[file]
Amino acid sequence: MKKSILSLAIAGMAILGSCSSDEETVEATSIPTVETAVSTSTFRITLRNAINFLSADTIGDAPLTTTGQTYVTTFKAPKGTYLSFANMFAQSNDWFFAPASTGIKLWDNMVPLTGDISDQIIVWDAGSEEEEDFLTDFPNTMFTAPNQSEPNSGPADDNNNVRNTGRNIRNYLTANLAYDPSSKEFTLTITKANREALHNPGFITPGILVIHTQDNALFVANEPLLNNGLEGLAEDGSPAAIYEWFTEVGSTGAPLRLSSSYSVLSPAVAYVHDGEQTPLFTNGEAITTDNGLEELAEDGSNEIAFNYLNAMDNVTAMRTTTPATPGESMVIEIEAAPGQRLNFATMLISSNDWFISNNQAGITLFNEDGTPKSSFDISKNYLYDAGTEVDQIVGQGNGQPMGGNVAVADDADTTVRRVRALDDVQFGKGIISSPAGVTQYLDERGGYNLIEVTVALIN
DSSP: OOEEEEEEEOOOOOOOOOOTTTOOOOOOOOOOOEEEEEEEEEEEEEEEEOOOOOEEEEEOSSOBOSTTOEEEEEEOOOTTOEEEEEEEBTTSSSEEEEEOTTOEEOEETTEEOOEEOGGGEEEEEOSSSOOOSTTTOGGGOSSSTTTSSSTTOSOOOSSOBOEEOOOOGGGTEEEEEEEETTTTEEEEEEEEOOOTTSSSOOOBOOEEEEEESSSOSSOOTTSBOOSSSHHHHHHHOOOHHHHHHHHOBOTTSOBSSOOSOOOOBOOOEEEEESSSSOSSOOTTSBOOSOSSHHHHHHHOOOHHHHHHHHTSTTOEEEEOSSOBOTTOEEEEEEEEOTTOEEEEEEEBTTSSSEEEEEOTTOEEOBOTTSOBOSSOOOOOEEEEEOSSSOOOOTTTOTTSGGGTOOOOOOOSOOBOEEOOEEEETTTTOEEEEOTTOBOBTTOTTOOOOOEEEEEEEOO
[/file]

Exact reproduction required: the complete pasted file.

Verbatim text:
Amino acid sequence: MKKSILSLAIAGMAILGSCSSDEETVEATSIPTVETAVSTSTFRITLRNAINFLSADTIGDAPLTTTGQTYVTTFKAPKGTYLSFANMFAQSNDWFFAPASTGIKLWDNMVPLTGDISDQIIVWDAGSEEEEDFLTDFPNTMFTAPNQSEPNSGPADDNNNVRNTGRNIRNYLTANLAYDPSSKEFTLTITKANREALHNPGFITPGILVIHTQDNALFVANEPLLNNGLEGLAEDGSPAAIYEWFTEVGSTGAPLRLSSSYSVLSPAVAYVHDGEQTPLFTNGEAITTDNGLEELAEDGSNEIAFNYLNAMDNVTAMRTTTPATPGESMVIEIEAAPGQRLNFATMLISSNDWFISNNQAGITLFNEDGTPKSSFDISKNYLYDAGTEVDQIVGQGNGQPMGGNVAVADDADTTVRRVRALDDVQFGKGIISSPAGVTQYLDERGGYNLIEVTVALIN
DSSP: OOEEEEEEEOOOOOOOOOOTTTOOOOOOOOOOOEEEEEEEEEEEEEEEEOOOOOEEEEEOSSOBOSTTOEEEEEEOOOTTOEEEEEEEBTTSSSEEEEEOTTOEEOEETTEEOOEEOGGGEEEEEOSSSOOOSTTTOGGGOSSSTTTSSSTTOSOOOSSOBOEEOOOOGGGTEEEEEEEETTTTEEEEEEEEOOOTTSSSOOOBOOEEEEEESSSOSSOOTTSBOOSSSHHHHHHHOOOHHHHHHHHOBOTTSOBSSOOSOOOOBOOOEEEEESSSSOSSOOTTSBOOSOSSHHHHHHHOOOHHHHHHHHTSTTOEEEEOSSOBOTTOEEEEEEEEOTTOEEEEEEEBTTSSSEEEEEOTTOEEOBOTTSOBOSSOOOOOEEEEEOSSSOOOOTTTOTTSGGGTOOOOOOOSOOBOEEOOEEEETTTTOEEEEOTTOBOBTTOTTOOOOOEEEEEEEOO